Triple Threat: Civil War

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The trip to Arizona was as challenging as we all expected. The road swing, against two quality opponents proved to be too much for an OSU team hoping to build-on an upset of UCLA. The Beavers battled a tough ASU team on Thursday night before falling in overtime 86-82. Coach Robinson’s team played well enough to win, but as has been the case, was unable to get key stops or make enough adjustments to beat a quality road opponent. On Sunday, OSU was able to hang around with #2 Arizona for a half, before the Cats superior paint play, rebounding, and defense put the Beavers away 76-54. The 2013-14 Beavers stayed true to form in their ability to compete and with their inability to complete on the road.
As Beaver Nation has come to expect, their talented roster came to play Thursday night against a very good ASU team. However, the Beavers were unable to hold-on to a three point halftime lead and fell to the host Sun Devils 86-82 in overtime.
Craig Robinson’s game plan was well executed through 20 minutes (save the final minute of the half, when Jahii Carson got to the paint & the free throw line). The Beavers man-to-man defense was able to limit ASU to 31% shooting from the field and one of seven from three-point range (ASU is one of the league’s best.) OSU’s backcourt did their best to keep Carson and Jermaine Marshall in check, but relied heavily on quality help defense from their frontline players (Moreland, Brandt, and Collier). Even with star guard Roberto Nelson under wraps (two first half points), OSU took control at the 14 minute mark and rode their defense to a 29-26 halftime lead.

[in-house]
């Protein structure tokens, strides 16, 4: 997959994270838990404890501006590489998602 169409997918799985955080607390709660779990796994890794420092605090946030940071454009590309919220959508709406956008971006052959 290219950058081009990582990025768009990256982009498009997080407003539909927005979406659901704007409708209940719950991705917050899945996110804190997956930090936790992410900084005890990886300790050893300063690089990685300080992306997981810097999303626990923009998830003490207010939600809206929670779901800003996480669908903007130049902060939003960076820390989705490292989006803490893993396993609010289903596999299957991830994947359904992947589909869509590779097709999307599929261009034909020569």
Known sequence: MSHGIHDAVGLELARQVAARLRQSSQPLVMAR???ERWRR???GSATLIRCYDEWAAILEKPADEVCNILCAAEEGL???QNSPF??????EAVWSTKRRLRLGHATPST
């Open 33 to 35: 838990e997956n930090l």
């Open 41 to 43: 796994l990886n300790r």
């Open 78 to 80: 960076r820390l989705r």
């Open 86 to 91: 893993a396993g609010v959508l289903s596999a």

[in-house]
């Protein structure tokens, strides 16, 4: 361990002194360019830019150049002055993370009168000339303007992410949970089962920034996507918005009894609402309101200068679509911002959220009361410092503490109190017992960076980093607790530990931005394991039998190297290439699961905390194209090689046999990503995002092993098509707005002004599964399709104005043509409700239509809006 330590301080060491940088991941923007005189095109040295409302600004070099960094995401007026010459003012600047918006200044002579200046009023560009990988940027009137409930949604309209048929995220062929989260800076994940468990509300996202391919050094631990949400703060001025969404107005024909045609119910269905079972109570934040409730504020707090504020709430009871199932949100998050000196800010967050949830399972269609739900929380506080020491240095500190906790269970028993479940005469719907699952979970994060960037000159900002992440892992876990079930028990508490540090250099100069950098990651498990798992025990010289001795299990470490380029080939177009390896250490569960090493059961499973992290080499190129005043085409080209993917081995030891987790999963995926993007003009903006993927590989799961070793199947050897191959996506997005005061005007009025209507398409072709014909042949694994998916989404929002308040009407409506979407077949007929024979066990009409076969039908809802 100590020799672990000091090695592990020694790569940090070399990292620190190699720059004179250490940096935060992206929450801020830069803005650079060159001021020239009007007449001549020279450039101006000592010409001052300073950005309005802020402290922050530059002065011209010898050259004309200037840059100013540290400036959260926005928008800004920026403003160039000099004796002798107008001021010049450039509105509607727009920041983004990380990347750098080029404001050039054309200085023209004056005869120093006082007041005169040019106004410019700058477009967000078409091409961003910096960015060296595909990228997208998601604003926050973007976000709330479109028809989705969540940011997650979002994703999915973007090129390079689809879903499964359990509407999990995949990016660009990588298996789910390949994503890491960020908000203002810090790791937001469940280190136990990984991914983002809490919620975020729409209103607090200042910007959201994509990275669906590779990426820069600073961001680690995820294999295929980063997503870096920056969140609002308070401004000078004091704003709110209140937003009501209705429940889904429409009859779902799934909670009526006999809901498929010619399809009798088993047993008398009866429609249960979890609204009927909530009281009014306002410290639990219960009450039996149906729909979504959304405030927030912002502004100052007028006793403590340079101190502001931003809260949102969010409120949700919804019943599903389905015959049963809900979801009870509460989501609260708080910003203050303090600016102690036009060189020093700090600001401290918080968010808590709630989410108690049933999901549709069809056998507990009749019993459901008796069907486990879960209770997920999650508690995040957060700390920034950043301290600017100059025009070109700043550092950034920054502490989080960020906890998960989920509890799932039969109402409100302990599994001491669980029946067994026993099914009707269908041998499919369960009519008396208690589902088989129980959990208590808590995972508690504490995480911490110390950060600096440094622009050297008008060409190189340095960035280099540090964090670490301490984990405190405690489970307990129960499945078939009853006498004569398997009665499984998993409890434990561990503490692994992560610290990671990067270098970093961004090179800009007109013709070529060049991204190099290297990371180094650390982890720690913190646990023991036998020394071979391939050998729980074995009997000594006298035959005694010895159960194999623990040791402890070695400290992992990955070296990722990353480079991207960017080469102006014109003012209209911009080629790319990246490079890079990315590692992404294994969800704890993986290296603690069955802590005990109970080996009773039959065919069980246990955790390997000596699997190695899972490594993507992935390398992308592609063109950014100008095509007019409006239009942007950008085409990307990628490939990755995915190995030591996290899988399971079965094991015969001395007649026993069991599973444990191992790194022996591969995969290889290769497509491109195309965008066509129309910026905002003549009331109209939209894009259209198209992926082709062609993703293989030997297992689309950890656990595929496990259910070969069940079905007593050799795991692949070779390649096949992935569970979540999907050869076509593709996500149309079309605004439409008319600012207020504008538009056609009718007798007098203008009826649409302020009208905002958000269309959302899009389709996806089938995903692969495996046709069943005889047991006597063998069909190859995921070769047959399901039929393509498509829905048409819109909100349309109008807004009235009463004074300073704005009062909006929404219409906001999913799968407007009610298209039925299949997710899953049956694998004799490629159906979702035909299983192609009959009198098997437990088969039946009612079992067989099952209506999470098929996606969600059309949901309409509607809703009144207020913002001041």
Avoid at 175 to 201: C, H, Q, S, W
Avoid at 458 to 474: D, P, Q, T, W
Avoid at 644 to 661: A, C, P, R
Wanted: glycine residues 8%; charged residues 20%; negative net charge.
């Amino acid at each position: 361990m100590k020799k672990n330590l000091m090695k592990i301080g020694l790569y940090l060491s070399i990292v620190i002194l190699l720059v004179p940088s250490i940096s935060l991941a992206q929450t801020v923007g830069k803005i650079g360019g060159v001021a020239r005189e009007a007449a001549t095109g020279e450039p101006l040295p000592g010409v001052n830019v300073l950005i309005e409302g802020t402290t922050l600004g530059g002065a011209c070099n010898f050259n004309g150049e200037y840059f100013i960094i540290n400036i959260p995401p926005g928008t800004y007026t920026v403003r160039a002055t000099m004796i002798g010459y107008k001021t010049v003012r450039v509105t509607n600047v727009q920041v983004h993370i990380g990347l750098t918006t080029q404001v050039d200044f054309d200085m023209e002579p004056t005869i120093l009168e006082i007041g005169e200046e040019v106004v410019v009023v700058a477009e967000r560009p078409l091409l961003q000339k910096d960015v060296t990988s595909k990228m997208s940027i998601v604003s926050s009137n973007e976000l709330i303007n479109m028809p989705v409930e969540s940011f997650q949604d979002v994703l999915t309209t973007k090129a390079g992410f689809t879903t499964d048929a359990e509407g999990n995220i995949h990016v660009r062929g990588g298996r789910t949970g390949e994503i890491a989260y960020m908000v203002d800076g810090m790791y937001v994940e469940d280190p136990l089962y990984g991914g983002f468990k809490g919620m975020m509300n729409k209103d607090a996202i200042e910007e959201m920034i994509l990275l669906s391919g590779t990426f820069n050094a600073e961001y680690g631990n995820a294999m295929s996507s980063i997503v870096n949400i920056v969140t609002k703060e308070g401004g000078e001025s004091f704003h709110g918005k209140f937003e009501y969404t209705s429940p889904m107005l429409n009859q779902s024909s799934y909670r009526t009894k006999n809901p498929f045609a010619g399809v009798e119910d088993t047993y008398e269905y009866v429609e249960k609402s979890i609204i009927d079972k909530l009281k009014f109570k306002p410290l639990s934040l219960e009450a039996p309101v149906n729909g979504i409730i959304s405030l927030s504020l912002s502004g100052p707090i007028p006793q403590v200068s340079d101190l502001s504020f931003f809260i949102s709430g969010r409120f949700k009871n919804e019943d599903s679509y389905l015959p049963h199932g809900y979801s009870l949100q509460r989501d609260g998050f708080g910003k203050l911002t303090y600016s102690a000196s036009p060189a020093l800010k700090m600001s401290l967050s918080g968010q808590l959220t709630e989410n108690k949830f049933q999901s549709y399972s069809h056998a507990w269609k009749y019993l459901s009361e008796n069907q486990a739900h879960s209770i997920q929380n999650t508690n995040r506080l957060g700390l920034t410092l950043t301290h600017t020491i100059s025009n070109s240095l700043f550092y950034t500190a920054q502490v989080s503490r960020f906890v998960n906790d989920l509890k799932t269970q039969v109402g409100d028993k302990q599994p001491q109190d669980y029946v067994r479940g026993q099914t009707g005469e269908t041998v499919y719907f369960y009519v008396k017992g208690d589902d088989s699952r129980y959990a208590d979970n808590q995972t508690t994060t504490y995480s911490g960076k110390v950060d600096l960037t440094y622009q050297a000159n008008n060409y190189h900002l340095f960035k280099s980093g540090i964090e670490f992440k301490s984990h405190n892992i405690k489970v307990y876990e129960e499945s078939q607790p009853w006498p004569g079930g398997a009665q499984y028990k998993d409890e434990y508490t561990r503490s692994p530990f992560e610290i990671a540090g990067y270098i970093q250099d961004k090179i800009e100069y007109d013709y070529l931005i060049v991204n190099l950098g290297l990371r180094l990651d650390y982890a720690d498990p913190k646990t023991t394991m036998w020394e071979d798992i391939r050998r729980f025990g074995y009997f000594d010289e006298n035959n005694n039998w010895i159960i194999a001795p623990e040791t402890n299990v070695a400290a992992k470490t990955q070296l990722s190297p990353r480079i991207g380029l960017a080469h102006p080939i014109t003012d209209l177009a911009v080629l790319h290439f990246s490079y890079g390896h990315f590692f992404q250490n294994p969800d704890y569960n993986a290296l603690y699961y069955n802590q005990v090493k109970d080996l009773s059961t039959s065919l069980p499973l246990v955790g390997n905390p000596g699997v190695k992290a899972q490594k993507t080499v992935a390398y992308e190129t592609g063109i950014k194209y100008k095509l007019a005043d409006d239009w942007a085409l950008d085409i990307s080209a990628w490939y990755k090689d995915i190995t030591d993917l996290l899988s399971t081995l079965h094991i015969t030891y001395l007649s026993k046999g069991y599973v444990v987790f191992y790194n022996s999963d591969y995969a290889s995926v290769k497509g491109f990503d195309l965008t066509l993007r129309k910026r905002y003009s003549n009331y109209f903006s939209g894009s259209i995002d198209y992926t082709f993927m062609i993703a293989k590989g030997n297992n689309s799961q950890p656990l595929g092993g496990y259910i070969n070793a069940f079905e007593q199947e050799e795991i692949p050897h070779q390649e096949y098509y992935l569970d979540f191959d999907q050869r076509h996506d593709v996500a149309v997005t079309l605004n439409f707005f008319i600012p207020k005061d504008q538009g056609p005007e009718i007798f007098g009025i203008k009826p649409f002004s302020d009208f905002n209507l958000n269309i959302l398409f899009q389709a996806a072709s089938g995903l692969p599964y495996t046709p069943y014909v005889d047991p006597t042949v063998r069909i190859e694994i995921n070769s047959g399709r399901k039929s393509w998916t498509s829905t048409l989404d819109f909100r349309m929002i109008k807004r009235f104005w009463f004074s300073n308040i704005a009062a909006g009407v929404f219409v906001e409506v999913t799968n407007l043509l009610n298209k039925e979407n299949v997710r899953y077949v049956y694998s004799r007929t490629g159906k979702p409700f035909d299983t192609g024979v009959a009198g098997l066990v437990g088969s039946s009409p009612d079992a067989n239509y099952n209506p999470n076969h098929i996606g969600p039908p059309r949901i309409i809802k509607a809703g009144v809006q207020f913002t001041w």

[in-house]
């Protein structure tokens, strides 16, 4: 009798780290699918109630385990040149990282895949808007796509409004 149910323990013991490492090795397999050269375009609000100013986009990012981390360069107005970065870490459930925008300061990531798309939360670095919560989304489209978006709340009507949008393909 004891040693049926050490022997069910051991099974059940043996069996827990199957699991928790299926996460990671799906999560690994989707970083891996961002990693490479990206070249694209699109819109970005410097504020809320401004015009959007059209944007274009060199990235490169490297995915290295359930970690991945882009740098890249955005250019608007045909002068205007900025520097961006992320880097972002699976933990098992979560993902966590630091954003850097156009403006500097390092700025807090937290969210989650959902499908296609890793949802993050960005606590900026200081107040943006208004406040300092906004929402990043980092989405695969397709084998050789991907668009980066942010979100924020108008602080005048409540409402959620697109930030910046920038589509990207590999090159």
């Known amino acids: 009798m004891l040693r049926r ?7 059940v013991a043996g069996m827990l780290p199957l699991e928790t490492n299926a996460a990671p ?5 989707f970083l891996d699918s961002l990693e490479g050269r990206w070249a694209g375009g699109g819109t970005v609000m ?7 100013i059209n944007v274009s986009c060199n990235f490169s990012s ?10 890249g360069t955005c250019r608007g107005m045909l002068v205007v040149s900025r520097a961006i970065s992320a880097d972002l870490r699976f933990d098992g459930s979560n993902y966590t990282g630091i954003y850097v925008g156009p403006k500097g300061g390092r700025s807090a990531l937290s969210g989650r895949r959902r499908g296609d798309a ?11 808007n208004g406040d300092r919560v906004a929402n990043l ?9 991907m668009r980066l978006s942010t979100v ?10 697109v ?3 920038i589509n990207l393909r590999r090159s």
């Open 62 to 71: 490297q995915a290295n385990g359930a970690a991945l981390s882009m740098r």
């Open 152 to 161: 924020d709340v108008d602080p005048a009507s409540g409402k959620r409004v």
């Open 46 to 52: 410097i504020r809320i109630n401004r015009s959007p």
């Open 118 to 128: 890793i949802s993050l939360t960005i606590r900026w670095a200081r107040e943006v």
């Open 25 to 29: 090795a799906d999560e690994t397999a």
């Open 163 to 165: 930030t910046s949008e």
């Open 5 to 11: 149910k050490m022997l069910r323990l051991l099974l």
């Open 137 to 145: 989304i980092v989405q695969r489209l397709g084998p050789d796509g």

Unfortunately, the Beavers could only keep the Sun Devil’s high scoring backcourt in check for a half. The second half featured a Jahii Carson parade to the paint (and foul line) and a resurgent shooting performance from Penn State-transfer Jermaine Marshall (23 points, seven in overtime).
Roberto Nelson did all he could after the break, scoring 24 second half points, but it wasn’t enough. Too many OSU turnovers, seven blocks from the new PAC 12 all-time leader (Jordan Bachynski), and an inability to make timely plays (or strategic moves) cost OSU in the final stanza.
The Beavers, who outrebounded ASU by two, continue to have only one scoring threat off of the bench (despite digging four to six players deep on most nights) in Devon Collier. Collier provided a key six point run to cut a seven point ASU lead late and Roberto Nelson continued clutch play sending the game to overtime late, but in overtime it was the Sun Devils who would take care of the basketball and make key stops. The loss would drop the Beavers into a tie for seventh place (at 5-5).
Oregon State visited a struggling, but still class of the PAC 12 team in Arizona on Sunday afternoon. It would be only fitting that OSU would make it game for a half and that the Cats would win while displaying their calling card defensive prowess.
The Wildcats (who hadn’t shot 50% in six games), were led by freshman phenom Aaron Gordon (17 points, 11 in the 1st half), who unleashed a rim-barrage to the tune of 40 points in the paint. Coach Robinson and the Beavers tried their best to mix-up defense looks in attempt to keep the Cats away from the cup, but too much athleticism and nearly indefensible put-backs proved to be too much.
On the defense end, Arizona imposed their will, shutting down PAC 12 scoring leader Roberto Nelson (10 points, 3/12 from the field) and holding OSU to 39% shooting as a team. Still, behind a steady efforts from Angus Brandt (14 points) and Devon Collier (10 points) the Beavers only trailed 37-27 at the half.
The second half was all Arizona as Gordon and fellow freshman Rondae Hollis-Jefferson (16 points) attacked the rim and defended the paint. OSU was able to keep Arizona’s top scorer Nick Johnson in check (10 points), but the Wildcats feasted on the offensive glass (15 offensive rebounds for 13 points) and pulled away from OSU mid-way through the half.